Ronson (13-2) ran up an eight-fight win streak along the way, submitting Shane Campbell last time out July 5 to win the Aggression Fighting Championship 155-pound title.
He had thought the UFC would take notice of his previous win, a November decision over former WEC and Strikeforce veteran Ryan Healy in the Score Fighting Series
But nothing happened.
"I thought I was going to get the call (after the Healy win)," Ronson said. "It took a little longer than I expected but I got it."
Ronson will make his long-awaited UFC debut Saturday at UFC 165 against Brazil's Michel (Tractor) Prazeres, who is moving down from welterweight for the fight.
Ronson admits to some rare nerves leading up to the Campbell bout. He knew a loss would be a huge setback in his bid to make the UFC. Also Campbell had been active, posting three wins and taking part in several Muay Thai bouts since Ronson had last fought as a result of several card cancellations.
"I knew he wouldn't have any ring rust like I had ring rust," said Ronson. "I did want to stand and bang with him because he's the best striker in Canada, just to see where I stood."
Ronson dropped him twice before submitting him via rear naked choke in the second round.
"I felt some goals were accomplished in that fight," he said.
Ronson's opponent Saturday is a stocky Brazilian who, at five foot six, will be giving up four inches to Ronson.
Prazeres (16-1) will be a handful.
"He is definitely the Rousimar Palhares of 155 (pounds)," he said, referring to another stocky Brazilian with stellar grappling skills.
Prazeres was a late injury replacement in his UFC debut, losing a close decision to veteran Paulo Thiago on a televised card in Brazil in May.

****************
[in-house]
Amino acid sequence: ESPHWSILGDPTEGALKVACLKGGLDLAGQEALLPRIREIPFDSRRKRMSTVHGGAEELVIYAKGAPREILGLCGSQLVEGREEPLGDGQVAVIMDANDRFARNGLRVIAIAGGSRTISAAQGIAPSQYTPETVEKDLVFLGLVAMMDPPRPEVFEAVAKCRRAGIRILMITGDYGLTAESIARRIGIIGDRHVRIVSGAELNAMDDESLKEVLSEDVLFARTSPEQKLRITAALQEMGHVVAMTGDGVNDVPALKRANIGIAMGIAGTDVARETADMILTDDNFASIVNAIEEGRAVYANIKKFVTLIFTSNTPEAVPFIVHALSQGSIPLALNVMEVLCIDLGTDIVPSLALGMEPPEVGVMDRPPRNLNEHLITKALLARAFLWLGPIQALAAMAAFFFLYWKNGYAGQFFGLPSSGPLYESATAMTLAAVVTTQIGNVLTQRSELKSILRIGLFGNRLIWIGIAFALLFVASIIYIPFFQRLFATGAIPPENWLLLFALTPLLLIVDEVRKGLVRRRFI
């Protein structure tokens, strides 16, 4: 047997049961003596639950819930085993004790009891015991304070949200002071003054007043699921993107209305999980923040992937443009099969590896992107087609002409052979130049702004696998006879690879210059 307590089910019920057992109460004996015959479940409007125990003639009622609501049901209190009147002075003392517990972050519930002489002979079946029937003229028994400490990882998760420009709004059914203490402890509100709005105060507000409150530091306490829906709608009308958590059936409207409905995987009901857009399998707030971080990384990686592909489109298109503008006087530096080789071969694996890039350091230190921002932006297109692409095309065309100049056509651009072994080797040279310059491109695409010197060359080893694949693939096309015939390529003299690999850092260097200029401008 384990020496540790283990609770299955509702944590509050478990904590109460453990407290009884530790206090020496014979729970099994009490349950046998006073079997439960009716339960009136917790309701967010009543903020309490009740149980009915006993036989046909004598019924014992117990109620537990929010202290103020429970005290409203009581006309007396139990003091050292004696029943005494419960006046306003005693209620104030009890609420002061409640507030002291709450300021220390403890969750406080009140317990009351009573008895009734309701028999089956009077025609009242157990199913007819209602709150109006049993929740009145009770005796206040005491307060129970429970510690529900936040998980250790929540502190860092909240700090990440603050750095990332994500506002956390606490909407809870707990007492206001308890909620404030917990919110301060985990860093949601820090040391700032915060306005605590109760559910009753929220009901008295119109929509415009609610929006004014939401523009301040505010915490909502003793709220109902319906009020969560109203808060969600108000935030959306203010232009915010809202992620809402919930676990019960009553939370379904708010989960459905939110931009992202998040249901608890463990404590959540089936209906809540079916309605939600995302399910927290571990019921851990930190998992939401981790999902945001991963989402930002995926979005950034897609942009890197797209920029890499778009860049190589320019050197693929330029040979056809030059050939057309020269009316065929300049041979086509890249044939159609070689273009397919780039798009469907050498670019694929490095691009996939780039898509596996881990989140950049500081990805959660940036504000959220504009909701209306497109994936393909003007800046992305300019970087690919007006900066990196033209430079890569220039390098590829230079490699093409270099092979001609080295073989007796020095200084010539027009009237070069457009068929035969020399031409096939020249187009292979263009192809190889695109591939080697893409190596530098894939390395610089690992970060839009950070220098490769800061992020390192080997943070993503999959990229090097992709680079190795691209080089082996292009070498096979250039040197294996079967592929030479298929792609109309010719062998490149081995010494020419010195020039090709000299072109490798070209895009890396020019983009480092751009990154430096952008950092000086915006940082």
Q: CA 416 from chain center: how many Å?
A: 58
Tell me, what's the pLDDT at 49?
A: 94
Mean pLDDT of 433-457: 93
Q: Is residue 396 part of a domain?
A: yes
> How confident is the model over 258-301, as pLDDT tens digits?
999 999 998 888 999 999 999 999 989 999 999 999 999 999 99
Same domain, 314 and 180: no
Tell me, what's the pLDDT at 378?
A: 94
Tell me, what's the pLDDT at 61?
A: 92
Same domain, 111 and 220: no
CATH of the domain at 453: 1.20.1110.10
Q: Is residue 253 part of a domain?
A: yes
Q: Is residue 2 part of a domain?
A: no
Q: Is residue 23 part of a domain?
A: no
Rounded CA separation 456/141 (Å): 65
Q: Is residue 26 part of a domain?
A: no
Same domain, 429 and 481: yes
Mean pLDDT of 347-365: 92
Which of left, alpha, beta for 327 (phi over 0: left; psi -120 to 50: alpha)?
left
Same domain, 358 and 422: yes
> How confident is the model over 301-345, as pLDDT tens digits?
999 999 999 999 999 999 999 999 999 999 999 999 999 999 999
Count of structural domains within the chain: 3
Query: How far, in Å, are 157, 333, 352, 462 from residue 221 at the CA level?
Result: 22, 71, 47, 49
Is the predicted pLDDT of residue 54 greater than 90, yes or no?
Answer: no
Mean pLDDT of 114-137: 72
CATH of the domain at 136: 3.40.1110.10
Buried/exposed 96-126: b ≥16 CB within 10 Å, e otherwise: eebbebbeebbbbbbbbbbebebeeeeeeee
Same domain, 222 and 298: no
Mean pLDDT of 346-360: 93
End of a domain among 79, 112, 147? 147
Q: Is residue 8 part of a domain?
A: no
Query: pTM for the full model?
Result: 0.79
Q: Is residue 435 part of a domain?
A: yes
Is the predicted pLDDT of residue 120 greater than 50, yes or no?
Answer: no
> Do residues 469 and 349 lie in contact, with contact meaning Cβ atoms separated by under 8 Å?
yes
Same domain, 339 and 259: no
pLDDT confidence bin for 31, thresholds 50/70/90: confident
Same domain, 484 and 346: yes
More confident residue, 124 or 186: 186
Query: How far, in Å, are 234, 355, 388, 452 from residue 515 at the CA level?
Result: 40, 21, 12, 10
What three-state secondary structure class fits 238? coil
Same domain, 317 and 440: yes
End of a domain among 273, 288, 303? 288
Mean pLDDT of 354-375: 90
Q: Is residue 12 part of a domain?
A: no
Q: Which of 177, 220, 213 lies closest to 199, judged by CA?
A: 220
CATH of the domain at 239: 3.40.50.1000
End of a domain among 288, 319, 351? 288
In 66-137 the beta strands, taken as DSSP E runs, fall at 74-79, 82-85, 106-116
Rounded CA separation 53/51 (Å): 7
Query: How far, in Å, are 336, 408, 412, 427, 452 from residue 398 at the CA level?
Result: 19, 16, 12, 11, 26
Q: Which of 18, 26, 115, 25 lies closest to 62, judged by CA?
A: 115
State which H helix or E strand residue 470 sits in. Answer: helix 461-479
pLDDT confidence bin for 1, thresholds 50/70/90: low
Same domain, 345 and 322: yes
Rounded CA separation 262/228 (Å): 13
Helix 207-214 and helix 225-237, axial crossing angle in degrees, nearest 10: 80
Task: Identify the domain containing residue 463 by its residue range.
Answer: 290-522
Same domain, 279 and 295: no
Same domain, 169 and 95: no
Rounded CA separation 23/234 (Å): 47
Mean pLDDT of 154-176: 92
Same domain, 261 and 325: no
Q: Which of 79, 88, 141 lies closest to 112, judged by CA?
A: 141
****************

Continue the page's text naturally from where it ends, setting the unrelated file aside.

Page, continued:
A back belt in Brazilian jiu-jitsu and former military police officer, the 32-year-old Prazeres has been a pro fighter since 2000 although 13 of his 17 fights came before June 2008.
Ronson believes Prazeres made the drop to lightweight to take advantage of his strength and grappling skills.
"His coaches probably told him 'Hey look, at 155 pounds, you grab a hold of a guy, they're not going anywhere,' " he said. "He's so big and so strong that nobody's going to be able to stop him. But that's where I come in."
That weight cut, in a foreign country, may make life difficult for the Brazilian, according to Ronson.
"I know he's going to gas really fast," he said. "Probably after the first two or three minutes he's not going to have a gas tank any more."
Ronson, known for his body punches, looks to add to that pain.
"I'm going to keep it busy," he said. "I'm going to beat, beat, beat his body."
On the mental front, he has been working with a sports psychologist to prepare for Saturday and calm his nerves.
"It's helping a lot," he said. "I'm waking up every day feeling great. When I go train, I've never felt this good."
Ronson trains at the Adrenaline Training Center in London, home to fellow UFC fighters Chris (The Menace) Clements and Sam (Hands of Stone) Stout and former UFC featherweight contender Mark (The Machine) Hominick.
Clements is also on the Air Canada card, facing welterweight Stephen (Wonderboy) Thompson.
While Ronson has had to wait for a chance to show his skills in the UFC, in truth he hasn't been at the fight game long. His pro debut was November 2009.
"I definitely put the work in," he said. "It's not like I wanted to fast-track to the UFC. Obviously that was the ultimate goal but this is how busy I want to be.
"If the UFC would let me, I'd like to fight four times a year, maybe even more."
One fight he'd like is a rematch with Montreal's Mike Ricci, who handed him his last loss in April 2011. Ricci is also on Saturday's card, facing Myles (Fury) Jury.
If he hadn't got a call from the UFC after the Campbell win, Ronson was contemplating trying to enter the organization via "The Ultimate Fighter."
But he didn't need the reality TV show after all to crack the UFC lineup.
Saturday marks the first time Ronson has been to a UFC event and not sit in the stands. Ronson has been a spectator at every show in Toronto, as well as one in Montreal and another in Columbus.